Full Service Westside

On Saturday, April 6th, Bernie Sanders, a Democratic candidate seeking the nomination for the 2020 presidential election, hosted a town meeting at West Middle School. At this event, Sanders shared some of his key platform goals, introduced a panel of Muscatine residents who shared why they support him, and held a question and answer session.
Nina Turner, a former Ohio senator and current co-chair of Sanders’ campaign opened the town meeting by giving a brief biography of Sanders, focusing on his Polish immigrant father, his difficult childhood in Brooklyn, New York, and his long history of political advocacy. She then shared that she supported Sanders because she believes he has the ability to bring people together for positive change. Turner ended her remarks by observing that Muscatine provides an excellent environment for candidates to share their views and interact with voters. “What is beautiful about being in Muscatine is that this is a town hall to go deeper than we usually get to, and you all are setting the pace for that.”
Sanders himself picked up where Turner left off. He opened his remarks by saying, “What I love about having small meetings like this and great panelists is they’re going to talk about what goes on right here in Muscatine and you’ll have the opportunity to add your own two cents.” Sanders then discussed his core platform goals, which includes increasing funding for pre-kindergarten through twelfth grade education, increasing the minimum wage to keep pace with inflation, reducing the cost of college to decrease student loan debt, creating universal healthcare, improving infrastructure, addressing climate change on a large scale in the next twelve years, reforming the criminal justice system, and working to address the issue of illegal immigration.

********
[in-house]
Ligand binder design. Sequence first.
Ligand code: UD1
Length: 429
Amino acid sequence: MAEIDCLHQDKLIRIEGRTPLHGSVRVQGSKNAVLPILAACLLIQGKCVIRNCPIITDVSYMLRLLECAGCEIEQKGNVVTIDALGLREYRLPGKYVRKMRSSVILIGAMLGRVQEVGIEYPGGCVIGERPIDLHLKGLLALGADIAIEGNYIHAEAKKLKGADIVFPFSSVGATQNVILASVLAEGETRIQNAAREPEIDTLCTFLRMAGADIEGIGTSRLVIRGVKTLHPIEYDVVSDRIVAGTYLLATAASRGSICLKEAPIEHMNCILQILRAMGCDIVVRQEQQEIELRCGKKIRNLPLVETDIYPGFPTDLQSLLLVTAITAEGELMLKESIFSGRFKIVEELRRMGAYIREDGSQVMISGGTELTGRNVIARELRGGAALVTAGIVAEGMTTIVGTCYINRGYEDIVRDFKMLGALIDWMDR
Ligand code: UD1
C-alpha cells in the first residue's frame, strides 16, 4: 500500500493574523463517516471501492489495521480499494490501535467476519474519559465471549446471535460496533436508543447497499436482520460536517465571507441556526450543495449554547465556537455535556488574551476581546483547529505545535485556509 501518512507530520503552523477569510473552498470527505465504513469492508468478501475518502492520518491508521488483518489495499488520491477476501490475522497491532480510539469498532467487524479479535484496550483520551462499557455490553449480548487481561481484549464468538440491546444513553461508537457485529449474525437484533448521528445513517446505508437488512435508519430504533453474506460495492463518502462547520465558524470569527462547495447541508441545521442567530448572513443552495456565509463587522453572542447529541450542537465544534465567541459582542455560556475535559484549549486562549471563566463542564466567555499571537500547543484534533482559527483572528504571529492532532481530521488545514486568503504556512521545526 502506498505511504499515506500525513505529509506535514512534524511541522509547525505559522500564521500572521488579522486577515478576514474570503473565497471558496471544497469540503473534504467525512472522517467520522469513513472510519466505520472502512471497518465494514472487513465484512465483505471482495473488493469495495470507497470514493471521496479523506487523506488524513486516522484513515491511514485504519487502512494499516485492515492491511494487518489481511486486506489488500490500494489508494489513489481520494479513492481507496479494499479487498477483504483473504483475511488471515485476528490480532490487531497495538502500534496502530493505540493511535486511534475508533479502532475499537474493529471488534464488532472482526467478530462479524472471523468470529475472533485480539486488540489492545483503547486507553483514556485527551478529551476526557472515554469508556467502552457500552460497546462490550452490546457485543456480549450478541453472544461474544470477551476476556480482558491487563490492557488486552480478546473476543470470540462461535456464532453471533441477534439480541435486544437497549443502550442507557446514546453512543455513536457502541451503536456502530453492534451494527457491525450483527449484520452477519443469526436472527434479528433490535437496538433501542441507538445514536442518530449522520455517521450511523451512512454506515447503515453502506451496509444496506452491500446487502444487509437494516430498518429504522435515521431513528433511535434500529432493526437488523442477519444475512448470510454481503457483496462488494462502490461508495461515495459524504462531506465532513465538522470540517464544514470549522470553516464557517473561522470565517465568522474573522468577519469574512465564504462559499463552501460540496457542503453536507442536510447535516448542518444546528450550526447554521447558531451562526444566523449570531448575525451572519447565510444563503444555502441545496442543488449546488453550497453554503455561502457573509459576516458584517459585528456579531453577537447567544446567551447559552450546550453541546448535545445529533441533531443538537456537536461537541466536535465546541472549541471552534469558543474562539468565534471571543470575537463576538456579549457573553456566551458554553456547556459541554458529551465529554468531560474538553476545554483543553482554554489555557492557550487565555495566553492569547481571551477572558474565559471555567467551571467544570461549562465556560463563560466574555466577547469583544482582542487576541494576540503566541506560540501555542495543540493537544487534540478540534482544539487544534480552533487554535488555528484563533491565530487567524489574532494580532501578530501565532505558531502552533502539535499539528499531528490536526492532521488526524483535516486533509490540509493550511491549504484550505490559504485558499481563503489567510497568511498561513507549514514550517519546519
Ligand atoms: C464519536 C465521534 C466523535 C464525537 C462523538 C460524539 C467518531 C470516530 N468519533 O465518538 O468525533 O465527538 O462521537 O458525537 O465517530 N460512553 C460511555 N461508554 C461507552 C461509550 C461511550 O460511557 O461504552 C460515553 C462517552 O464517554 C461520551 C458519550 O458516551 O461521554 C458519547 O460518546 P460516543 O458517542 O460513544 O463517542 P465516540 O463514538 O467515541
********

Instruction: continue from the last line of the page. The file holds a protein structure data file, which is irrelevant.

After Sanders finished his speech, he introduced each of his four panelists from Muscatine, Nicholas Salazar, Alexis Huscko, Jessica Brackett, and Alyson Glynn. Each panelist then talked for a short time about why they supported Sanders and encouraged others to do so too.
Salazar, an activist and organizer for immigrant rights and co-chair of the Muscatine Democratic Socialists, discussed his work to successfully reform labor laws in Iowa and how he felt Sanders could help further reform them at a national level.
Next, Huscko talked about her lifelong struggle with mental health issues stemming from abuse as a child, and how frequent changes to privatized Medicaid providers have made it difficult for her to find and maintain consistent mental health care. She expressed a belief that a universal Medicare system like the one Sanders envisions could help more people in need access quality mental health care.
Brackett spoke next. Through her long history of working for non-profit organizations, Brackett played a role in bringing marriage equality and equal rights for people of all sexual orientations to Iowa, as well as pushing for stronger environmental regulation in Muscatine County. As an activist for better air quality, Brackett feels Sanders can help enact more stringent environmental regulations nationwide to protect and extend the work of activists like herself.
Finally, Glynn backed up the perspectives of several of the other candidates. As the mother of a son with severe breathing difficulties, she would like to see serious improvements in air quality as well as lower healthcare costs. Seconding Huscko and Brackett, Glynn thought Sanders’ stances on environmental regulation and healthcare could provide the kinds of programs she would like to see.
To close the town meeting, Sanders allowed several of the 260 audience members to ask him questions. Sanders responded to the questions by tying them into the larger policy goals he introduced in his earlier speech.

Full Service Westside